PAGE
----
My Goal in Blogging

I started this blog in May of 2008, shortly after my election to the School Committee, because I believed it was very important to both provide the community with an opportunity to share their thoughts with me about our schools and to provide me with an opportunity for me to ask questions and share my thoughts and reasoning. I have found the conversation generated on my blog to be extremely helpful to me in learning community views on many issues. I appreciate the many people who have taken the time to share their views. I believe it is critical to the quality of our public schools to have a public discussion of our community priorities, concerns and aspirations.

Wednesday, May 12, 2010

School Unions

So, there has been a lot of discussion at recent School Committee Meetings, in the paper, and on my blog about the role of school unions. And clearly school unions make a lot of sense in some circumstances - namely those in which each individual school could not afford to hire a superintendent (and business manager, and IT person, and HR person, and special education director, etc.) on their own.

Union 28, for example, is a 700 pupil school system with four elementary schools that serves five towns (Erving, Leverett, Shutesbury, New Salem, Wendell). Each of these towns has one K to 6 school (ranging in size between 140 and 170 students) and each school has its own local school committee. These communities are all quite similar in terms of demographics (they are largely White -- ranging from 83% White in Leverett to 94% White in New Salem-Wendell) and also in terms of size (the smallest, New Salem-Wendell has 144 students and the largest, Erving, has 174 students). Each of these school committees is represented on regional issues (such as hiring central office staff, including the superintendent).

Now, let's contrast that to Union 26, which consists of only two towns: Amherst and Pelham. These towns differ dramatically - Amherst has 4 (soon to be 3) elementary schools serving 1,321 students, whereas Pelham has 1 elementary school serving 125 students. These towns also differ dramatically in terms of their populations: Pelham (like all of the towns in Union 28) is largely White (83.2%), whereas Amherst is considerably more racially diverse (53% White). As with Union 28, each town has the same number of votes in terms of hiring and evaluating the superintendent and the district lawyer (although Amherst pays 47% of these salaries at the elementary level and Pelham pays 3%).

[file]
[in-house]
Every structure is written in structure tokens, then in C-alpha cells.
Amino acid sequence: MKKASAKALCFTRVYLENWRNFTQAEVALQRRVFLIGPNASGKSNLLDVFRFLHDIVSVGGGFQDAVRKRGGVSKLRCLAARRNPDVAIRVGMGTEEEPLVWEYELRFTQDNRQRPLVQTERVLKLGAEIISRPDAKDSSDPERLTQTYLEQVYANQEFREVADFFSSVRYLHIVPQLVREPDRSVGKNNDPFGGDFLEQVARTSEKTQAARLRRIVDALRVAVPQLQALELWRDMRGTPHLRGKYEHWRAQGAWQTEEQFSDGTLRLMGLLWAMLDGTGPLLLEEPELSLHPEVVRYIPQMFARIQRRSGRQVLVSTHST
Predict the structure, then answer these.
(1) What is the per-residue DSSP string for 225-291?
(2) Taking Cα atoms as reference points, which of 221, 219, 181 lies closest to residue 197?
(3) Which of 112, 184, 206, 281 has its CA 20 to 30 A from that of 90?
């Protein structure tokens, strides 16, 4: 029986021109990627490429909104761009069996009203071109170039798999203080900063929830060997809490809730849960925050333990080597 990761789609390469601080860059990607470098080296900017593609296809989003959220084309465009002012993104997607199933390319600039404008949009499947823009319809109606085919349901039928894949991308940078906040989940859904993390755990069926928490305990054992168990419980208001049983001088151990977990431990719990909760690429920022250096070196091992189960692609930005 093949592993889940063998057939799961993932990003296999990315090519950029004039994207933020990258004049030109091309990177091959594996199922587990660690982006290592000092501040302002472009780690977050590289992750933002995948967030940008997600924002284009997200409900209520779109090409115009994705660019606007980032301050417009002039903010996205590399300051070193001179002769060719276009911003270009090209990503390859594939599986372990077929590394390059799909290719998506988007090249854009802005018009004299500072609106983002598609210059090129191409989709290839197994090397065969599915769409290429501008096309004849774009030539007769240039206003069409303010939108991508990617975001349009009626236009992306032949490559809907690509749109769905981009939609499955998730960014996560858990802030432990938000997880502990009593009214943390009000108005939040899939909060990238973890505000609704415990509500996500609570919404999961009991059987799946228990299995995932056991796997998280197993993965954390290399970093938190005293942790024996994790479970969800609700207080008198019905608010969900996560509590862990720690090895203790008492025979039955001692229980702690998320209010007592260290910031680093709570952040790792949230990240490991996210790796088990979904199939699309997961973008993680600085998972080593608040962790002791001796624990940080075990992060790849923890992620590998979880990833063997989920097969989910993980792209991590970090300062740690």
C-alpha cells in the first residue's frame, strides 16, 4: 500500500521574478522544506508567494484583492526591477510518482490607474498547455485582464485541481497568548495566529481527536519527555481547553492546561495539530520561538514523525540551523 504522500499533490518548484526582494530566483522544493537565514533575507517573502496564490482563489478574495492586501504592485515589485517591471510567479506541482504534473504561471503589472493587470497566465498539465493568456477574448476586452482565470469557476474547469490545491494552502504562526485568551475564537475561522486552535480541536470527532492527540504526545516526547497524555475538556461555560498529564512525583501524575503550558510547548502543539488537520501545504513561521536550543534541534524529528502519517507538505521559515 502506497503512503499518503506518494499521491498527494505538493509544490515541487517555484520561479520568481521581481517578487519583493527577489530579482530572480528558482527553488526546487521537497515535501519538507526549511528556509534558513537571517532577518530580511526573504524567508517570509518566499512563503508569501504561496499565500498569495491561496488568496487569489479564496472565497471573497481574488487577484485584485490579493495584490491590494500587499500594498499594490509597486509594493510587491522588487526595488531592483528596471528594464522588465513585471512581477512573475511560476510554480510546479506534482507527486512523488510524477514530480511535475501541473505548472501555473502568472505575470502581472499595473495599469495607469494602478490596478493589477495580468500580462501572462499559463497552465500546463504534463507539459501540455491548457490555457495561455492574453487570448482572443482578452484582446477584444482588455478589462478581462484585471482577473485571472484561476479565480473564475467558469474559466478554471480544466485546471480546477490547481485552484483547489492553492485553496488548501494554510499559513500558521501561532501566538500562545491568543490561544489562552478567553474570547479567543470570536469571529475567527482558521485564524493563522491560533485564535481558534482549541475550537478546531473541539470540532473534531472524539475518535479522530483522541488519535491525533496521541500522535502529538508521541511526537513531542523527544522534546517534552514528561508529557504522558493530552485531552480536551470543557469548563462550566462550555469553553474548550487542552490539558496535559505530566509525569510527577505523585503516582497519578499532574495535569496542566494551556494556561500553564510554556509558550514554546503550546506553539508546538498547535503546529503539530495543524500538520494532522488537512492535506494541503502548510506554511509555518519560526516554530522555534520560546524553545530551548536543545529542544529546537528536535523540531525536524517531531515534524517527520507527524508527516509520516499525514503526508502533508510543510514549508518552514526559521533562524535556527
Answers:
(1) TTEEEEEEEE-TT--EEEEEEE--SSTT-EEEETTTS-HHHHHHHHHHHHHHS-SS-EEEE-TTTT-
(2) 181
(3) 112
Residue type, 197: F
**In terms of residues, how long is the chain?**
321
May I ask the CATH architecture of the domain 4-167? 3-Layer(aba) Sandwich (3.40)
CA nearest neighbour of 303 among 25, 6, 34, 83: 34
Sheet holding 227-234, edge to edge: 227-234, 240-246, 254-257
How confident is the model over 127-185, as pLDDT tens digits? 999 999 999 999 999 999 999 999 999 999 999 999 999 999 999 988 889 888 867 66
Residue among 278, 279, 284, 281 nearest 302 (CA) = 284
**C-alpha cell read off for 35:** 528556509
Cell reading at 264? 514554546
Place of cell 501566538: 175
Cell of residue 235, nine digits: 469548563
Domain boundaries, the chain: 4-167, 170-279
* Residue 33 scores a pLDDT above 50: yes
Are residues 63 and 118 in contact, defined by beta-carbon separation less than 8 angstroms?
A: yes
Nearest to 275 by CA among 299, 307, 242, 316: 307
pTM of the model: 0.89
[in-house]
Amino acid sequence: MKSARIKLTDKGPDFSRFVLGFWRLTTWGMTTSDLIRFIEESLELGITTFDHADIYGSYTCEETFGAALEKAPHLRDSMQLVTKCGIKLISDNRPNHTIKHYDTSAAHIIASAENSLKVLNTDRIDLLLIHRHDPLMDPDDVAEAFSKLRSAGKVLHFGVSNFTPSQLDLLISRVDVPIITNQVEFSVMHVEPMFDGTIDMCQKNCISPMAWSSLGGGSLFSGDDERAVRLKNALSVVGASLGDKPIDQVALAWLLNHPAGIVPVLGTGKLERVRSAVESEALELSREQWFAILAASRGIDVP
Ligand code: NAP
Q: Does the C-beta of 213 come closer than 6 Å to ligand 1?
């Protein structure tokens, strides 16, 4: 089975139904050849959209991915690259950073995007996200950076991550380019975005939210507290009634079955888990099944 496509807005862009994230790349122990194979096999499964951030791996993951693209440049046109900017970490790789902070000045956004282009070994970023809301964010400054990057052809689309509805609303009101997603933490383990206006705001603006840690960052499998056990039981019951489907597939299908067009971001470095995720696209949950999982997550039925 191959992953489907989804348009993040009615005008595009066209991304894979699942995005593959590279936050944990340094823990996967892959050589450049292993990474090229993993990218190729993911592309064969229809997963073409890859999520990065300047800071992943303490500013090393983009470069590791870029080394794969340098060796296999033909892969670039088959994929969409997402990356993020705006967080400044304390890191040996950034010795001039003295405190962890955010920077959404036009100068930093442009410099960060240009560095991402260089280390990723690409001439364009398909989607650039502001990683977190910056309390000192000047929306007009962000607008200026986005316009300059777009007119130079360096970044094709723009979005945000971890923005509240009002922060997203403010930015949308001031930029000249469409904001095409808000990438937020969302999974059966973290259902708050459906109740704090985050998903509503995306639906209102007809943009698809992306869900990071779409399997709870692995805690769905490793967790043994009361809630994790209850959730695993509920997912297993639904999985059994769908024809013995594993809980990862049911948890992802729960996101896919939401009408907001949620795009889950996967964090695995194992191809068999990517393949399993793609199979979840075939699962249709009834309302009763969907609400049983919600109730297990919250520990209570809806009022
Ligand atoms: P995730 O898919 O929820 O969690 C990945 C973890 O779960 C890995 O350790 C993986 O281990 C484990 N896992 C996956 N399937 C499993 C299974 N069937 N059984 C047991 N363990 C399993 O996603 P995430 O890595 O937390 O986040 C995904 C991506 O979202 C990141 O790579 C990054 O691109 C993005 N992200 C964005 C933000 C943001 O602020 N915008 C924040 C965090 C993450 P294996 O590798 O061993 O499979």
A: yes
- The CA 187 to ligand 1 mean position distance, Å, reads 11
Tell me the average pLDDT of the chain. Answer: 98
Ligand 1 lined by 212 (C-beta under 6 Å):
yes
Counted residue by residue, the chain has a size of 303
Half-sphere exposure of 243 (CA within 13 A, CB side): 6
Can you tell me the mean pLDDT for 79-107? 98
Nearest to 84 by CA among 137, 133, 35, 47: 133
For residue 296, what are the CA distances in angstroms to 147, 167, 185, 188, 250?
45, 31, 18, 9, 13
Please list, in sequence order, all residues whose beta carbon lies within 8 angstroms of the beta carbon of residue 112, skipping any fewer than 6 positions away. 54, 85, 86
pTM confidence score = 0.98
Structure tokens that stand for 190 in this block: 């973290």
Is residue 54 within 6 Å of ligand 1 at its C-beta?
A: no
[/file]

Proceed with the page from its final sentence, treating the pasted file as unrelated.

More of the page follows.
If you examine all of the union associations in the state of Massachusetts, two things become very clear:
  • The elementary school population in Amherst is larger than any other district in the state that is part of a union. The second largest town is Southborough (1208), and the third largest is Kingston (1180). There are no other towns with school populations larger than 1,000 who are in unions in Massachusetts.
  • The gap between the largest and small town is greater between Amherst and Pelham (1196 students) than in any other union in the state. There is a gap of 900 between Northborough and Southborough (this is the second largest), and a gap of 419 between Westhampton and Southampton (this is the third largest). The majority of union relationships have relatively small differences in size (e.g., like with Union 28).
I'm not taking a position on whether Union 26 does or does not make sense for Amherst now, or in the future. But I believe that it is certainly worth examining the pros/cons of this relationship for both Amherst and Pelham -- particularly since this union seems rather unique in the state of Massachusetts (both in terms of the size of Amherst and the gap in size between Amherst and Pelham).


Anonymous said...

Thanks for the informatio, makes the situation clearer. What are the benefits of these agreements?

Catherine A. Sanderson said...